Ellsworth Christopher (1940-2018)
Respects will be paid today to teacher and sportsman Ellsworth Christopher, who died last week at the age of 78.
Nadine Henry, president of Devonshire Recreation Club, said its former president Mr Christopher was “everything to the club, and Devonshire Rec was everything to him”.
She added: “We feel like we have lost our guardian angel watching over us. If you went over the line, he was there to nudge you back in. He was our safety net.”
Ms Henry said: “The club is planning its own event to honour him further and give recognition for his life of service.”
Friends, family and former students of Mr Christopher will gather today at the Heritage Worship Centre for his funeral service.
Ms Henry said the loss is a major blow to the club where “Mr Christopher basically grew up”.
She added: “There were so many facets to him. He was gentle but firm, and a disciplinarian who was still nurturing.
“He had a genuine concern about all those who entered the grounds of the club.”
Mike Charles, general secretary of the Bermuda Union of Teachers, said Mr Christopher taught at Purvis and Paget primary schools and was an executive member of the union and trustee until recently.
Mr Charles said his former teaching colleague was “thoughtful, soft-spoken and good with kids”.
He added: “He was a great addition to the executive and to any staff who just wanted young people to do well.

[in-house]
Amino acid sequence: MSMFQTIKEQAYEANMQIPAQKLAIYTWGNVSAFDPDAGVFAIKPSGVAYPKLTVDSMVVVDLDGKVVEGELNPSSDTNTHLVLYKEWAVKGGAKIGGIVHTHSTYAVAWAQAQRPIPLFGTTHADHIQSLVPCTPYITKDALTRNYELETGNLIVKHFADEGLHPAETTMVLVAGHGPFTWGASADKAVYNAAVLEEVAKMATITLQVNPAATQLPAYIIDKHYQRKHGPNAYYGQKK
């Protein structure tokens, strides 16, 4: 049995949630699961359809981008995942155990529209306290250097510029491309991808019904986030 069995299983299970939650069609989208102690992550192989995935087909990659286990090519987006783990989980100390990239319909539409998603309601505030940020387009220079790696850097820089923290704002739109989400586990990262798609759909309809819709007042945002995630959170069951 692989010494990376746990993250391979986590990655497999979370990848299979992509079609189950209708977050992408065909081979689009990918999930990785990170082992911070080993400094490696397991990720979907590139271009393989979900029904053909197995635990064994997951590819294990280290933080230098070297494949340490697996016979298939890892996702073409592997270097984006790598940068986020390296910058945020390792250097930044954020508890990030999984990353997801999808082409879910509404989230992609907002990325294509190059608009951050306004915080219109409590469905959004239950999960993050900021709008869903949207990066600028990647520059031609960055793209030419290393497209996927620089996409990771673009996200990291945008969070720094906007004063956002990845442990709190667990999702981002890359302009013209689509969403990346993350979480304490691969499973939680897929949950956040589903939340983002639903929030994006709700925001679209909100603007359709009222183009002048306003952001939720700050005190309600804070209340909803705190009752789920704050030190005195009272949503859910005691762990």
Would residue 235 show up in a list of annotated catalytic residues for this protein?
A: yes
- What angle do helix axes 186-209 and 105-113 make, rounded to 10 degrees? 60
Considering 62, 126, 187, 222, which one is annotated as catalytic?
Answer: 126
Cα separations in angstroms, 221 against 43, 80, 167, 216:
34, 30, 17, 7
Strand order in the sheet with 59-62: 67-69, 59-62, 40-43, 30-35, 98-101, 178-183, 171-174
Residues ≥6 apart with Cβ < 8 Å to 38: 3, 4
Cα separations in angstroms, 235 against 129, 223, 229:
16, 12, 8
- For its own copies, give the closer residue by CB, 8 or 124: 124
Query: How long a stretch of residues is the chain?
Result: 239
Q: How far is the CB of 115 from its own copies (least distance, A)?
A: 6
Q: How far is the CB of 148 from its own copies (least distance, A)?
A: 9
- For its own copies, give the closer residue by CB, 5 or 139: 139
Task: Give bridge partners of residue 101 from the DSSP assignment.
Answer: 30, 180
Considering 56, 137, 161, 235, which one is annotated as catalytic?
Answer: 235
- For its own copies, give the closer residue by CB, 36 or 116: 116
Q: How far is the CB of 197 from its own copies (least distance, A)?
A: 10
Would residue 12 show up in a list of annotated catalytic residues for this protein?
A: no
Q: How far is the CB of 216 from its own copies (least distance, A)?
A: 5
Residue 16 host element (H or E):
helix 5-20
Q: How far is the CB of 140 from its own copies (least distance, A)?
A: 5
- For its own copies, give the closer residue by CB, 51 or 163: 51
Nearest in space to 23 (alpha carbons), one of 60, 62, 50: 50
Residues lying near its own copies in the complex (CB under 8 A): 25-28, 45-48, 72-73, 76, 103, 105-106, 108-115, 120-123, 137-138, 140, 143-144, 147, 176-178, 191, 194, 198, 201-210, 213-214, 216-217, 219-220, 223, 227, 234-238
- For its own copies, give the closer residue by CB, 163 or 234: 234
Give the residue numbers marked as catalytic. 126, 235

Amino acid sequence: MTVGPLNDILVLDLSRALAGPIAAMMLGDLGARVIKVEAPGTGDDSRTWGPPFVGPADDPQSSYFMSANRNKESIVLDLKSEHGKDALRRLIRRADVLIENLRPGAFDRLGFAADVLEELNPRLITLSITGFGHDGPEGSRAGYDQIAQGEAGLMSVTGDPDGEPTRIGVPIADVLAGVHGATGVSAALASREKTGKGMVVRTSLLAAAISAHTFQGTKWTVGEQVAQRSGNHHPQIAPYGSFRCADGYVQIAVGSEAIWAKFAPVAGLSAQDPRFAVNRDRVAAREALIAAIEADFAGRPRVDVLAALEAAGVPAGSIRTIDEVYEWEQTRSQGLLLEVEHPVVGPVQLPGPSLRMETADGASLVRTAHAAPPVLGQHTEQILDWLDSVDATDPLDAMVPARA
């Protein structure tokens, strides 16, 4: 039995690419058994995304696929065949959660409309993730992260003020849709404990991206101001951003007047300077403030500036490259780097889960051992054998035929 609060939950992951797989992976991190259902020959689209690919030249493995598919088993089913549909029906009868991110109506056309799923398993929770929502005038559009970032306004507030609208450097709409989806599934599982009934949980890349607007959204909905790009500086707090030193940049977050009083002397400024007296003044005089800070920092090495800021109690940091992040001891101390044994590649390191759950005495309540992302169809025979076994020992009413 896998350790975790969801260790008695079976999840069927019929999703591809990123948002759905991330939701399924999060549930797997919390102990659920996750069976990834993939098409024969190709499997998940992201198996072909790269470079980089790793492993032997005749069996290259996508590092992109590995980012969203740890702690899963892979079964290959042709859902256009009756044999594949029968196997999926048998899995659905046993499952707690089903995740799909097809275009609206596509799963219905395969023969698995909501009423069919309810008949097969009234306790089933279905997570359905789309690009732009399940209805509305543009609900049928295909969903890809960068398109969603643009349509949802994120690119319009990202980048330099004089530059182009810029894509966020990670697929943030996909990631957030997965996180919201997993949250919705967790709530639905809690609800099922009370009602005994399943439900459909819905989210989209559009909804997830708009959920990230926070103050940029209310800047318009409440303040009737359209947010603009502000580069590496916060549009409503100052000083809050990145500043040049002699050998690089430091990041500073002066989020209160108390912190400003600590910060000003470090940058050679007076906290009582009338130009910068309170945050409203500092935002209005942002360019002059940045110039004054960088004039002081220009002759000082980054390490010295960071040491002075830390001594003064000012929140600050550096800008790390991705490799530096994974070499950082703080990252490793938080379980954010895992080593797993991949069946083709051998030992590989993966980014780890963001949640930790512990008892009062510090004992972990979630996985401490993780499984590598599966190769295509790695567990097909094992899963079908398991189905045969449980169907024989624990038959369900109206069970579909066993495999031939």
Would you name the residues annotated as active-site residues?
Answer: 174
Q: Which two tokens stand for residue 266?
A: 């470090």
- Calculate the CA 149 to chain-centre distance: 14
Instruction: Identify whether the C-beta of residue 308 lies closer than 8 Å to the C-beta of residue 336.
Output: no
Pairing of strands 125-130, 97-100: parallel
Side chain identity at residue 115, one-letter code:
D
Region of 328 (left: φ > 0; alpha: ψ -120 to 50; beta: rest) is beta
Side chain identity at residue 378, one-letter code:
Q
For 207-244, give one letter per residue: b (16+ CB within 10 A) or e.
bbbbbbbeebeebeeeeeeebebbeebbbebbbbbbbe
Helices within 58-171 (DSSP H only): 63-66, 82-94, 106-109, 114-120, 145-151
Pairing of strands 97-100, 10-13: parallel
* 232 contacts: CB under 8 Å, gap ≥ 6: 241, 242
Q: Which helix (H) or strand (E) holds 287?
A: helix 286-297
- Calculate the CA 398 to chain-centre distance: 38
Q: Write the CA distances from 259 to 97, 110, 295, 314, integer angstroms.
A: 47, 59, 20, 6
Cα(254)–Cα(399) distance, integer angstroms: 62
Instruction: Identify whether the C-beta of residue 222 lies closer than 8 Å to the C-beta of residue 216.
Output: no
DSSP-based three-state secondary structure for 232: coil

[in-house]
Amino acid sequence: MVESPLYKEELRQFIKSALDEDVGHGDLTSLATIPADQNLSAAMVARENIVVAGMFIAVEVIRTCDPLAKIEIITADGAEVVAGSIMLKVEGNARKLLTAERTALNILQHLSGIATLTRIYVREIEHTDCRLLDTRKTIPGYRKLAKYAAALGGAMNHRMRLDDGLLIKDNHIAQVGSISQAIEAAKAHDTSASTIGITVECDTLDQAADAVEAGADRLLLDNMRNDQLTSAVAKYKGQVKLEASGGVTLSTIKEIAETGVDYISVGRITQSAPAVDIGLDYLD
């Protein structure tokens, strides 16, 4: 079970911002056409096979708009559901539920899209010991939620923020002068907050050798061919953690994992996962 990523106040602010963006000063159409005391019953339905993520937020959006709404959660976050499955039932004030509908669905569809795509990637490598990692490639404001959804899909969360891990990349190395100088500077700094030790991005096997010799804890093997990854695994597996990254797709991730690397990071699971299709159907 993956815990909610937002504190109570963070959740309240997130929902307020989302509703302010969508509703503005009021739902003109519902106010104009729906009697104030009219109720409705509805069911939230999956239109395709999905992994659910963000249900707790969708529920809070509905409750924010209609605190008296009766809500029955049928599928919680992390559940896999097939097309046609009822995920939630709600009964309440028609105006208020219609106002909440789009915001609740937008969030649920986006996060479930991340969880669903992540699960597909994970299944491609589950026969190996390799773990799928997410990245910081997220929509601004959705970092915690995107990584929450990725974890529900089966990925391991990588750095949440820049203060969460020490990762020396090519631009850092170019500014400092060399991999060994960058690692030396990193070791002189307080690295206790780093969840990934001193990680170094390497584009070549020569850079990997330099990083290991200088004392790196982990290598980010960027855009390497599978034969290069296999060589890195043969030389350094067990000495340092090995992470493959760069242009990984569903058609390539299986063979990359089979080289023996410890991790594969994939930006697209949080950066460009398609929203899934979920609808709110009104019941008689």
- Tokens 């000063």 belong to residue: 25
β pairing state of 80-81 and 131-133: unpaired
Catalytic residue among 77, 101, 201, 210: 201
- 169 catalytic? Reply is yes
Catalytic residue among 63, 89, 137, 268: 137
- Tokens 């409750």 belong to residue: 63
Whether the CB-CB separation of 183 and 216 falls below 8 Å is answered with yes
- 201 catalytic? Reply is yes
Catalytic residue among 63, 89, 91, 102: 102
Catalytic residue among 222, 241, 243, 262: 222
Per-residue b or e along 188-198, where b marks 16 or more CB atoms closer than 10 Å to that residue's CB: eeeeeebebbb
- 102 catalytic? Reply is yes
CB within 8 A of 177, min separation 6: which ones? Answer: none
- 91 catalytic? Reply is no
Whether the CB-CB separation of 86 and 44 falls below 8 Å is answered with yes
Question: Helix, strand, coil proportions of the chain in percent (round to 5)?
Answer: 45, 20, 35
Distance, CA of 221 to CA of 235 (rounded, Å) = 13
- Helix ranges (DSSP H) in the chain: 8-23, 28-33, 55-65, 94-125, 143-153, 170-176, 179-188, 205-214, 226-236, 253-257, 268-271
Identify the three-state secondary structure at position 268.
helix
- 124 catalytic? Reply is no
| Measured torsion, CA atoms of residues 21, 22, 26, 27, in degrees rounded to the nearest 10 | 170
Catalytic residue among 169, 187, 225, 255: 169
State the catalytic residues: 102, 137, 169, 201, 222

“I learnt so much history from him — and his history lessons were personal. He had a great memory and he came up at a time when things were not the same as now.”
Carlton “Pepe” Dill, former national football coach, said he had lost a man who was “a big brother”.
Mr Dill added: “I grew up around Christopher and we spent a lot of time together through the Devonshire Rec era.
“He was one of the most pleasant people you could meet, always happy to give advice or assistance to anybody. The man put his best foot forward at all times.
“As a schoolteacher, he affected all his students in a positive way. Once you made contact with him, it was everlasting.”
Mr Dill said the two played cricket and football together, and as a cricketer Mr Christopher was “the one you turned to”.
He added: “When a batsman got stuck in and we could not dislodge them, or if we were lacking in runs, we called on Christopher.
“As a fielder, his hands were like vacuum cleaners. Nothing was dropped. He was also one of the better card players I have ever come across. He remembered what happened with every card in the deck.”
Mr Dill said: “Our game was at a very, very high level when he was involved as an administrator. He kept the sports associations accountable with good information and good suggestions.”
He added Mr Christopher was “a quiet, unassuming person” — whether it came to his sports accolades or his keen memory for history.
Mr Dill said: “We have lost a great man, as a player and as just an everyday person on the street.
“I have been really upset to lose him. It’s something you could never have anticipated. There is nothing anyone can say about him that is not positive.”
Mr Christopher’s service at 1pm today will be followed by burial at Christ Church cemetery in Devonshire.
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